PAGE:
The Missouria, Otoe, Ioway and Sac & Fox signed treaties in 1824 ceding their claims to most of the land north of the Missouri River. In September1836 they signed a treaty known as “The Platte Purchase.” This ceded their claims to what became the northwest counties of the state. With this treaty all Indian ownership of land within the state of Missouri was terminated.


Pictures from Mike Dickey collection


The National Museum of the American Indian says: “What is the correct terminology: American Indian, Indian, Native American, or Native? All of these terms are acceptable. The consensus, however, is that whenever possible, Native people prefer to be called by their specific tribal name. In the United States, Native American has been widely used but is falling out of favor with some groups, and the terms American Indian or Indigenous American are preferred by many Native people.”

American Indian vs. Native American.  The term “Native American” according to the U.S. Census Bureau includes all indigenous people of the Western Hemisphere; American Indians and Alaskan natives such as the Aleut, Inuit, Yupik and Eyak.  Most tribal governments and organizations still use “Indian” in their official seal and documents. Younger generations sometimes prefer the term “Native” “Indigenous” “First Nation” or “Amerindian.” Regardless, tribal affiliation is the first and best way to identify a person of native heritage.  Mike Dickey, Historic Site Manager, Arrow Rock State Historic Site.

Missouri Archaeological Society

Site on Collecting and Identifying Artifacts, and also Archeology in Missouri

“Tracey Barters for an Historic Powder Horn.”

This is the Powder Horn that my daughter, Tracey, bartered from a

French Explorer that descended the Missouri River back in the late 1970's

Back in the late 1970's a group of men, who were re-enacting the voyage of the early French Explorers from the late 1600’s and early 1700's, down the Missouri River. They were descending the Missouri River in their long canoes from Kansas City to Saint Louis. I remember listening to Ted B. on the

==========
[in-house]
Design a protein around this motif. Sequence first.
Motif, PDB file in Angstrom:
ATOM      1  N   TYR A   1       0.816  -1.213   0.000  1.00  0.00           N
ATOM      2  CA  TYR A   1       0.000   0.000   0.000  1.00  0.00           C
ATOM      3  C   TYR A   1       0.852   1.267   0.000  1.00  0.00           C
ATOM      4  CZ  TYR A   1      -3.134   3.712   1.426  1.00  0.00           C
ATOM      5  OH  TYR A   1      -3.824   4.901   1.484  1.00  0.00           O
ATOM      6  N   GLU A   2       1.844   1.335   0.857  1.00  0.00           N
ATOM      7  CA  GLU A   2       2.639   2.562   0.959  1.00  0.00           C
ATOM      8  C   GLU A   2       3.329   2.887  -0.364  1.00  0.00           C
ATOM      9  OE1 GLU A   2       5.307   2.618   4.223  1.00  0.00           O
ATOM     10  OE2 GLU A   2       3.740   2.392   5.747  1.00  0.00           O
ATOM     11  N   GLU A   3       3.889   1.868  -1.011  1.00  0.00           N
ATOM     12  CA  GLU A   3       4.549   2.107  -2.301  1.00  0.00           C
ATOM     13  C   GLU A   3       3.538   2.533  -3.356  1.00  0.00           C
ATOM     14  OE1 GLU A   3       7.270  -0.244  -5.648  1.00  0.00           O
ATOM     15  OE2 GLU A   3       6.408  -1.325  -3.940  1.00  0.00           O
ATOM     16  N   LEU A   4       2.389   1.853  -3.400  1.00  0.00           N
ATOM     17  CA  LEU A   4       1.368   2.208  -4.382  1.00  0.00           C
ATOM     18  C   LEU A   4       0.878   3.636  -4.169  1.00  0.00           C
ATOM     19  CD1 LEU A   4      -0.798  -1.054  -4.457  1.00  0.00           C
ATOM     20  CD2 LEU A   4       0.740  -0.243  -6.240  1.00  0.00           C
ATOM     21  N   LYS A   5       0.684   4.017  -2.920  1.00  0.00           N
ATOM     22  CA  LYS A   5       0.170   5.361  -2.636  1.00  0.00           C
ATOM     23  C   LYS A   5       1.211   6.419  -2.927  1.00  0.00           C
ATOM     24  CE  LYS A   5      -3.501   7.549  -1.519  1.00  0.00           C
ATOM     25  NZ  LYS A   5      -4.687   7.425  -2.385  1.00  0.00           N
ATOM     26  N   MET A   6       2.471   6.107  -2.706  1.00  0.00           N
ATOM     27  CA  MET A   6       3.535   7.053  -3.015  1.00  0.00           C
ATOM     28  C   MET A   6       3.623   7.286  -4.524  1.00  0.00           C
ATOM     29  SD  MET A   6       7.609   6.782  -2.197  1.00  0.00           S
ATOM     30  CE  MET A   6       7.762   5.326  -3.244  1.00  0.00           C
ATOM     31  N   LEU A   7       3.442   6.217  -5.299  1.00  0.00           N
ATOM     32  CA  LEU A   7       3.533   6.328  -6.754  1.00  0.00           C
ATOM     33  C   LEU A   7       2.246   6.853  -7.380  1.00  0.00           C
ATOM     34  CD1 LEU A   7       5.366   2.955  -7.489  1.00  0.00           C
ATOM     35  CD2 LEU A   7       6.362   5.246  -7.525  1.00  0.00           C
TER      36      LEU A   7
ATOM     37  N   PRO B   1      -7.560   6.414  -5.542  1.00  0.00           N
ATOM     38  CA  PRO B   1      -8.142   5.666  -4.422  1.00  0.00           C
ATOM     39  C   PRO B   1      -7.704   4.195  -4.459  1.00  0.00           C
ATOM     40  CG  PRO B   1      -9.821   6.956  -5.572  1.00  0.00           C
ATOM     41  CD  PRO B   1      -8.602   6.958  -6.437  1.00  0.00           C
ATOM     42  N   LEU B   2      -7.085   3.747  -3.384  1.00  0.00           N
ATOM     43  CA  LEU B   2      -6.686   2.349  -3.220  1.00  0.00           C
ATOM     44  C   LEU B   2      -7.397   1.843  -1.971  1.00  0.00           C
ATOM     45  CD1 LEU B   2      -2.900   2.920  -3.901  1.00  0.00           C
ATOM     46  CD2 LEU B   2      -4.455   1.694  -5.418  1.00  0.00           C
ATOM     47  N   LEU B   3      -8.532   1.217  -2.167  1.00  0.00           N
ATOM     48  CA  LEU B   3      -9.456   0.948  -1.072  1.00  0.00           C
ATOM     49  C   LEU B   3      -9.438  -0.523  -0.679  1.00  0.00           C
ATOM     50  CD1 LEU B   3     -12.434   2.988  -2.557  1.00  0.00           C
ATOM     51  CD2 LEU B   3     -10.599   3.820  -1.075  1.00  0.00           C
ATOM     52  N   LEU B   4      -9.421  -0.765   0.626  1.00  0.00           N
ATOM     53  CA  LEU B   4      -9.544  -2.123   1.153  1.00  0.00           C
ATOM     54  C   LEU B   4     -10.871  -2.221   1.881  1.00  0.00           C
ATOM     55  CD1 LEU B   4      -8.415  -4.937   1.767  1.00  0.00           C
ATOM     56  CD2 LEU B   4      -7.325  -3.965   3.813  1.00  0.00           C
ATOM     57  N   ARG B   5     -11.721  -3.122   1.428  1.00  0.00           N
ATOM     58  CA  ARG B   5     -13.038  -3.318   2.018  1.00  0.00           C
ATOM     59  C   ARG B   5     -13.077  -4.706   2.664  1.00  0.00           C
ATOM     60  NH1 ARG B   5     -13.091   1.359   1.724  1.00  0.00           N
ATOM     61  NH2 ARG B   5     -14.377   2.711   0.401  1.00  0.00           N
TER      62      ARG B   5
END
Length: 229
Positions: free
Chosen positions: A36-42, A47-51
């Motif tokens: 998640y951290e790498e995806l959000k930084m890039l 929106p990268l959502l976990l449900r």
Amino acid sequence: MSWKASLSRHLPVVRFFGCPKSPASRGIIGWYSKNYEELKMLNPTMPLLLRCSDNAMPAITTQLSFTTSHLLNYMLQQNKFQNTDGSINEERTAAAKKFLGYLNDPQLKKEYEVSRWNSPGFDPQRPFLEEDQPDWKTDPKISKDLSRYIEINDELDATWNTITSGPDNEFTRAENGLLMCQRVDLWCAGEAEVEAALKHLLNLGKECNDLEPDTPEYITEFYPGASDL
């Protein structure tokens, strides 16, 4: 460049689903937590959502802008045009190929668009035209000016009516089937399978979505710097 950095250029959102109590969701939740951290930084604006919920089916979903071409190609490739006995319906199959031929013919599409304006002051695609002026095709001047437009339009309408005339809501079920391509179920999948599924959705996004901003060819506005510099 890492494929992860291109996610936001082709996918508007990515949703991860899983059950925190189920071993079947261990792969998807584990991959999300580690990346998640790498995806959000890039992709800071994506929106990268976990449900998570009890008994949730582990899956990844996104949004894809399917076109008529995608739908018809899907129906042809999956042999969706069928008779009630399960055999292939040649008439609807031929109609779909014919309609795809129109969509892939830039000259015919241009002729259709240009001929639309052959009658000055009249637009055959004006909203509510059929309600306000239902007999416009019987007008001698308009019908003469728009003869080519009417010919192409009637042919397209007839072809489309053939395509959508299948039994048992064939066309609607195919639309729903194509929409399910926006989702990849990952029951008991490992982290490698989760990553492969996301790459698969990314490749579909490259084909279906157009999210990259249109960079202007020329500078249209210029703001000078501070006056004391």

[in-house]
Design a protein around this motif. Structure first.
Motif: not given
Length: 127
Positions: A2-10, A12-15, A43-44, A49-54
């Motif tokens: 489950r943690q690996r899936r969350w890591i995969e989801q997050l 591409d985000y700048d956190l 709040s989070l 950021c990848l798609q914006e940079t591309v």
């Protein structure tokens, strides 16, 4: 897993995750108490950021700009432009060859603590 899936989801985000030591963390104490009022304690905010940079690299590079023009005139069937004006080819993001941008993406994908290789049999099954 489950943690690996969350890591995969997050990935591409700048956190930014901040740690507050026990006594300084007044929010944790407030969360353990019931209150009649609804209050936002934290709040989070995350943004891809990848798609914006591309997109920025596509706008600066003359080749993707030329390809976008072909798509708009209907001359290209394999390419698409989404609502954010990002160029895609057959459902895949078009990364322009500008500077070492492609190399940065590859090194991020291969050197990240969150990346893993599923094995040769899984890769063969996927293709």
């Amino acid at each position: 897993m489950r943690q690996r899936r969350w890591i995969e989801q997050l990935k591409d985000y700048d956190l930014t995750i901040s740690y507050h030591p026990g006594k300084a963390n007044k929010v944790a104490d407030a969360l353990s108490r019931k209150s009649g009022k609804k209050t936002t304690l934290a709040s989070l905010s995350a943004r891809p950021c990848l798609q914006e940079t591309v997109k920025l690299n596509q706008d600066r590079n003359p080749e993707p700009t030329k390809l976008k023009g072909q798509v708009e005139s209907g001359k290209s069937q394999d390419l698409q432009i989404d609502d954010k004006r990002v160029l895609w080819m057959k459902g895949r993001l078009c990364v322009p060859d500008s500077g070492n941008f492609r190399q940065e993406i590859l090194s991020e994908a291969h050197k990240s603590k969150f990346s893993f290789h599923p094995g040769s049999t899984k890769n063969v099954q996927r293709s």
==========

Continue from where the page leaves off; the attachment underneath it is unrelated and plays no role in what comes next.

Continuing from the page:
Boonville Radio Station, KWRT, talking about this group of men. The men wanted people from the Boonslick Area to visit them while they camped at our Harley Park overnight. Ted also stated that you could only trade with the men, with items of the 1700 period, to actually trade or barter with the explorers. I wanted to do just that with the explorers, so I went to the basement to see what I could find. The only things that I had at the time was an
old, small oil lamp about seven inches tall that my mother gave me, and a case of "Home Brew" that I had just made at the time. My daughter, Tracey Lammers, who was only about 6 or 7 years old at the time, said she would trade the small oil lamp. This lamp was given to me by my mother who collected things of this nature back in the 1950’s. I had the big cooler of “Home Brew” to deal with at the time. We got there at one of the Harley
Park Shelter Houses, north of the Little League diamond around 6 pm. Right away, all the group of men notice the brew I had which was in a cooler and gathered around. The 20-some bottles were gone in a flash. They all knew a good deal in the Home Brew. I noticed that one of the re-enactors was talking to my young daughter, Tracey, about her little red lamp she was holding. He asked her if she wanted to trade for the lamp she was holding.
She said “Yes, I guess so.” The man left and went to his small tent. He returned with a beautiful powder horn that he had made years ago.

He said, “Would you trade your red lamp for my powder horn?” Tracey said, “Sure!” So the trade was made. I looked at her new, bartered item that she held and was astonished. This powder horn was an historic piece that could be placed in any fine museum, anywhere. I went to the man and asked if he was sure about the exchange. The man said “Son...I’ve been looking for a small lamp like this for years, so as to read and write in my tent.” He continued by saying “We made the agreement and I don’t want to alter the contract and by the way I can always make another horn.” This man had scrimshawed an image of an Osage Indian on this horn that was first painted by an early explorer by the name of George Catlin in 1844.
My family and I were ready to leave when another member of the group came up to me and said. “You really don’t know what you have in that powder horn. I’ve been wanting to buy or trade for this horn for a long time. He just wouldn’t give in, in anyway. You sure have a bargain.”
To this day, I have shown this powder horn to many and I proud to say that it will stay in the family for many years to come.

By: Wayne Lammers

Early explorers on the Missouri River. circa 1700